Daisy Cai, a founding partner of Chinese growth-stage technological innovation fund Gaocheng Capital, has recently joined SoftBank Vision Fund as a partner after the $100-billion fund is expected to book a trillion-yen loss in 2019 due to the dire performance of its tech bets.
Cai, who also goes by her Chinese name Cai Wei, co-founded Gaocheng Capital with former Hillhouse partner Hong Jing in March 2018 and worked with the Beijing-based private equity firm to primarily look for investment opportunities in technological innovation and corporate services.
The investment veteran has roughly ten years of experience in investment and fund management, leading investments into companies like the now Nasdaq-listed e-commerce enabler Baozun, Hong Kong-listed online auto-finance platform Yixin Group, New York-based Dynamic Yields, which was acquired by McDonald’s Corp in March 2019, and Tuhu, a Chinese online platform for automobile services and products.
Prior to Gaocheng Capital, Cai served as the managing partner at Baidu Capital and Baidu Ventures – the investment vehicles of Chinese dominant search engine Baidu – responsible for the technology, media & telecom (TMT) sector.
Cai also worked as a China-focused partner at Boston-based growth private equity firm TA Associates, after five years as an executive director at Goldman Sachs in Hong Kong.
Her departure comes as Gaocheng Capital reached the final close of its debut fund, Gaocheng Fund I LP, at over $300 million in late March with support from university endowments, sovereign wealth funds, pension funds and other limited partners (LPs) worldwide.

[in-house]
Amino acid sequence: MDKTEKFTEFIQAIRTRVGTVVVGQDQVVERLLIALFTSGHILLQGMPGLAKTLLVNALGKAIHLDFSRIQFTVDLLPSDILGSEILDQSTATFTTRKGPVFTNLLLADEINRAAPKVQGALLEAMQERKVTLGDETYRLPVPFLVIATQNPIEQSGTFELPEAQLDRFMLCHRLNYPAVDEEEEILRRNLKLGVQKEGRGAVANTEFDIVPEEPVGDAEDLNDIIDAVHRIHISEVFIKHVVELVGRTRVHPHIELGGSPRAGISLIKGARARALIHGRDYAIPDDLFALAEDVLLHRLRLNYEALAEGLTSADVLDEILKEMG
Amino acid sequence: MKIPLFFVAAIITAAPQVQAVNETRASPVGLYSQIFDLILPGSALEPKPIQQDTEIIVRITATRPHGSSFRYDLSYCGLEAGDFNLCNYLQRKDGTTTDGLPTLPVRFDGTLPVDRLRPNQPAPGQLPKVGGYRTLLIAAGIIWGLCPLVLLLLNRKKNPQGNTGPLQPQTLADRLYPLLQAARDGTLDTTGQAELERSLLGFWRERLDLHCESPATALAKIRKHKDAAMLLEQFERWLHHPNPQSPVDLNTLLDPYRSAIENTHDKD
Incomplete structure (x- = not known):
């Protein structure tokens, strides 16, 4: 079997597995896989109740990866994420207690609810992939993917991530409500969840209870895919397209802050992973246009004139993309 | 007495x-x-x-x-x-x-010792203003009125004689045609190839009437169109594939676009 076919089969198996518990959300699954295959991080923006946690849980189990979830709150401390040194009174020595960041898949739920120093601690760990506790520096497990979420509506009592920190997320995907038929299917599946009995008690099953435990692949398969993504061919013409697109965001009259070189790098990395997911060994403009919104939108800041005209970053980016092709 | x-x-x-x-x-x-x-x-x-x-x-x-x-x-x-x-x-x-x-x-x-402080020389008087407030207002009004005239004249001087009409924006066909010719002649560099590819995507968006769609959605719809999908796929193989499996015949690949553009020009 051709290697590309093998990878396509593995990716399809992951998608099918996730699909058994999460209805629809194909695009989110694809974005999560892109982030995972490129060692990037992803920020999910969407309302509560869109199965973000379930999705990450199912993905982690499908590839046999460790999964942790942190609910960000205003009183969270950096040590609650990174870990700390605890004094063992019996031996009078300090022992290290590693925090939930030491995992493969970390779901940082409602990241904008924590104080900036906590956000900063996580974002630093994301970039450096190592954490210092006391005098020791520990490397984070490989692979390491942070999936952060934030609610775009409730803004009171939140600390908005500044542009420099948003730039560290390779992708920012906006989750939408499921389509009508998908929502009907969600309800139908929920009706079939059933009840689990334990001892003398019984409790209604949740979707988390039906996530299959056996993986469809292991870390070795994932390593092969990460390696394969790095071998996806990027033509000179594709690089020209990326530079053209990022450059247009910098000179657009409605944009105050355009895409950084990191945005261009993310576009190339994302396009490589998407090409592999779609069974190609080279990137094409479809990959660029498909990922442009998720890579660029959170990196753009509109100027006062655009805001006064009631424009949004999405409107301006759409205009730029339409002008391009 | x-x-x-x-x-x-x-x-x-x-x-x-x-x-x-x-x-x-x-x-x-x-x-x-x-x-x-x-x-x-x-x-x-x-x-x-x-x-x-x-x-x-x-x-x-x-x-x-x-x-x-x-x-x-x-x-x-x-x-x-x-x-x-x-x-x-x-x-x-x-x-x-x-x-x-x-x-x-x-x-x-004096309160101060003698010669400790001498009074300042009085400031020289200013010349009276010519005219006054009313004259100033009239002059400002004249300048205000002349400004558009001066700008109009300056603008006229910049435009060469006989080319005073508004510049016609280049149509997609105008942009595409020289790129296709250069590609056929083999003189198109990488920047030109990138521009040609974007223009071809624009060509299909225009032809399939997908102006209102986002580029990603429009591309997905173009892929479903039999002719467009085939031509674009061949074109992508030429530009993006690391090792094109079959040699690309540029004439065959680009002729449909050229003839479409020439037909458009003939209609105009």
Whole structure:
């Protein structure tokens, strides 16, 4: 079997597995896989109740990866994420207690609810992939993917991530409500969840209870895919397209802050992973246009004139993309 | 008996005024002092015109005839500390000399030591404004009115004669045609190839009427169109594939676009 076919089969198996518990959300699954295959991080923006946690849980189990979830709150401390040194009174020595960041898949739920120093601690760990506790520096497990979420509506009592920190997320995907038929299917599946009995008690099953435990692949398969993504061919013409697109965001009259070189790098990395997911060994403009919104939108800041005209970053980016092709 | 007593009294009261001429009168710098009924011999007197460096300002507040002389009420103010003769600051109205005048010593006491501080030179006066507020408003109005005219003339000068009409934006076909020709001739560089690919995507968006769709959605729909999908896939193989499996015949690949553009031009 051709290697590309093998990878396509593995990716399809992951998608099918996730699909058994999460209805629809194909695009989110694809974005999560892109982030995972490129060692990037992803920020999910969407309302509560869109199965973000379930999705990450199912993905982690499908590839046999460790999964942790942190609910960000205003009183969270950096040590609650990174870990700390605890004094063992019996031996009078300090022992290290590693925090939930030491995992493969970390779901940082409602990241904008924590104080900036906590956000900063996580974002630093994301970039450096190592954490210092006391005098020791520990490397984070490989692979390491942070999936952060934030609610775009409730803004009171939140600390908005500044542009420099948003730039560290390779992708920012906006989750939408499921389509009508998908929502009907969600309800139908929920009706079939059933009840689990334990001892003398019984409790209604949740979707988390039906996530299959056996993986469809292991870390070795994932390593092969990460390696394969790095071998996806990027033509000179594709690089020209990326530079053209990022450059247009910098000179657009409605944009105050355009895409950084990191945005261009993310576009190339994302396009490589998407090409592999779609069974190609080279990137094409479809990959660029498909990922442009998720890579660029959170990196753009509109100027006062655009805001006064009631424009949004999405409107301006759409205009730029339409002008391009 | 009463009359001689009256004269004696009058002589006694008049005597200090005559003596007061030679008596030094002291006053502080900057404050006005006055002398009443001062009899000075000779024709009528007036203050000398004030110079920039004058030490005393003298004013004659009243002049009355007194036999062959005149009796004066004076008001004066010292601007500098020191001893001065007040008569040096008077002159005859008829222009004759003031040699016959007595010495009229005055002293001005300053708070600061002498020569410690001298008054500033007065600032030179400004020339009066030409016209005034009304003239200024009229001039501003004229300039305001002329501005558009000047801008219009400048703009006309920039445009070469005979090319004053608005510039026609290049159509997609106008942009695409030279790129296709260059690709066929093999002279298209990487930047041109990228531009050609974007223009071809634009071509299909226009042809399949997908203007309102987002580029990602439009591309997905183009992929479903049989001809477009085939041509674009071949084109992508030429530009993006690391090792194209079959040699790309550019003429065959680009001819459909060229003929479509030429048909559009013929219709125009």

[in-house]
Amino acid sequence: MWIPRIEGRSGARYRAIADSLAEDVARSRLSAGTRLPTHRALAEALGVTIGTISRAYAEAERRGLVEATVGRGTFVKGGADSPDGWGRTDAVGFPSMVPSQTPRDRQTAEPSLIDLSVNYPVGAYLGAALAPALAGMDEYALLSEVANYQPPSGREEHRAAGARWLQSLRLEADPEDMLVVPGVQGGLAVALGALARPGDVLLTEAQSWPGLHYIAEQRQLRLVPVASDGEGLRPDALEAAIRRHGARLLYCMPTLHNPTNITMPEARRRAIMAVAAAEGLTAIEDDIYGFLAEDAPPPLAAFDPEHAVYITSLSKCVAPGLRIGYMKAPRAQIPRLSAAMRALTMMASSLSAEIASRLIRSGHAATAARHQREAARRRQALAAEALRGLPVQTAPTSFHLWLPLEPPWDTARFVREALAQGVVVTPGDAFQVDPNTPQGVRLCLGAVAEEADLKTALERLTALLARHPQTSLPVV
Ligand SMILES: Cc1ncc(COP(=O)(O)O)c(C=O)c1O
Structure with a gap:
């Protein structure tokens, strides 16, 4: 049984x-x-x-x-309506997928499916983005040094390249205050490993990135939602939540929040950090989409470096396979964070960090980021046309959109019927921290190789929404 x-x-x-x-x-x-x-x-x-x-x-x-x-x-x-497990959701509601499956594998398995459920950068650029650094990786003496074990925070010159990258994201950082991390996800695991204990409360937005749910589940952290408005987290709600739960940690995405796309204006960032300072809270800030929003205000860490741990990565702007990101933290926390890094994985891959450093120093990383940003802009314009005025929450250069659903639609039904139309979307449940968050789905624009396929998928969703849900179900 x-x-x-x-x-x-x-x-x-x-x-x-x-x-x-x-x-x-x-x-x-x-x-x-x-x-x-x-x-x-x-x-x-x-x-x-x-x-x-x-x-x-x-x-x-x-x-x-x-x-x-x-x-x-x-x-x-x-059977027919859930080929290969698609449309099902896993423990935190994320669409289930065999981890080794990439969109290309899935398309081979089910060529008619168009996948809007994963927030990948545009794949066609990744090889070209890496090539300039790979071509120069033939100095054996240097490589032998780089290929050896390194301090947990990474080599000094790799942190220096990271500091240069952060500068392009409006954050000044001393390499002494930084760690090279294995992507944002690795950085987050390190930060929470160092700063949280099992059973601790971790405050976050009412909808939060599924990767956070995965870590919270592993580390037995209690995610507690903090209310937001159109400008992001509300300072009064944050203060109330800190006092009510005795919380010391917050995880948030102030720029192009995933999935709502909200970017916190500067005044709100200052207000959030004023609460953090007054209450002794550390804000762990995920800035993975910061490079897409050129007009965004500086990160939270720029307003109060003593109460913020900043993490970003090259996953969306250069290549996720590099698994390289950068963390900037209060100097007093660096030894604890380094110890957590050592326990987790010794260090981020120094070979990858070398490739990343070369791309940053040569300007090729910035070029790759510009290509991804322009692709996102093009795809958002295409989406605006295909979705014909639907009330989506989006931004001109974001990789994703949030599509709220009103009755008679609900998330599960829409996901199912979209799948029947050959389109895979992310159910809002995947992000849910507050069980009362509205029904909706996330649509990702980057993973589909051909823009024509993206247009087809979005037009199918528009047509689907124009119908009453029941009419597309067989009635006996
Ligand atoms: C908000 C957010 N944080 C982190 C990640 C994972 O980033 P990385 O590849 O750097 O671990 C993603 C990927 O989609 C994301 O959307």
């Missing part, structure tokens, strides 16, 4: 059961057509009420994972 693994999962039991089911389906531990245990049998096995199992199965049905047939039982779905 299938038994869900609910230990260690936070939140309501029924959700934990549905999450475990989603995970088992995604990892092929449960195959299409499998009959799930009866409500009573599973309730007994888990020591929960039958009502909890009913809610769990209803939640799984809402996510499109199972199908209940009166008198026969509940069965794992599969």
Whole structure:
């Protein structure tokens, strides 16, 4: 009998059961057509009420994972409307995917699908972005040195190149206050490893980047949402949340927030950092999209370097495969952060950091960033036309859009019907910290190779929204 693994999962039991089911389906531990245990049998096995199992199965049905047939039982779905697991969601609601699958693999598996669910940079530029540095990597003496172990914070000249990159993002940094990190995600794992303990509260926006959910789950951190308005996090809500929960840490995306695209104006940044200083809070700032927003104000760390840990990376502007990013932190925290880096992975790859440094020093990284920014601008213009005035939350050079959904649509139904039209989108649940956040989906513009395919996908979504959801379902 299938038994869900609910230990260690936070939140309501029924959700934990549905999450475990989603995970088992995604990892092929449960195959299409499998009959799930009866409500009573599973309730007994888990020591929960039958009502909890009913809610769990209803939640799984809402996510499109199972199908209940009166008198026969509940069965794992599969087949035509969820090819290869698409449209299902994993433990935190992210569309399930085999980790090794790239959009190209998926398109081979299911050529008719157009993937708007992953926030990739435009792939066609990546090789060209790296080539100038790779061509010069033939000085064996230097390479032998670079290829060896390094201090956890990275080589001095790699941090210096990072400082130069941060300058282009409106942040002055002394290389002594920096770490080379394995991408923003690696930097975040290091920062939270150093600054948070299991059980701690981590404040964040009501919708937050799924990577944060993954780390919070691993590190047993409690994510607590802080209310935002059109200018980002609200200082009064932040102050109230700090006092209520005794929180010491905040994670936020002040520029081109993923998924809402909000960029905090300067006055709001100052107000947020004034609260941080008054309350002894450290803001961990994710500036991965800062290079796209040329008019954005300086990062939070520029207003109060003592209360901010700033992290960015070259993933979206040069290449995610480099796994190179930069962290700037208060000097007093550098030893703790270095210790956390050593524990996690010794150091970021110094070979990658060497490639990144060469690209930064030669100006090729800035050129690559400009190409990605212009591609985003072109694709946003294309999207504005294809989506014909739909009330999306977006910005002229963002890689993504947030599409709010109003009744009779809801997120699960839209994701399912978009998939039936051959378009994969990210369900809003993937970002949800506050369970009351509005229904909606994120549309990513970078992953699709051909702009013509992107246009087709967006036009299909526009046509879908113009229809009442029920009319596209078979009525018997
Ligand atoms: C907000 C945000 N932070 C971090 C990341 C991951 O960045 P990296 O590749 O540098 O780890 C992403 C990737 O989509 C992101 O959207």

SoftBank Vision Fund, created by Japan’s SoftBank in May 2017 to transform itself from a telecom-centred conglomerate into a global investment powerhouse, has started to rope in specialists to charge its efforts in China as early as 2018 with the board of Eric Chen, managing director of global technology fund Silver Lake, and Arthur Zhang, former managing director at Beijing-based ZhenFund, among others.
SoftBank flagged a loss of 1.8 trillion yen ($17 billion) at the fund for 2019 to March 2020, after the company founder Masayoshi Son’s “intuitive” bet on American shared workspaces operator WeWork turned sour.
The conglomerate announced in July 2019 a plan to launch a second Vision Fund to raise $108 billion from investors like Microsoft and Apple to invest in technology startups.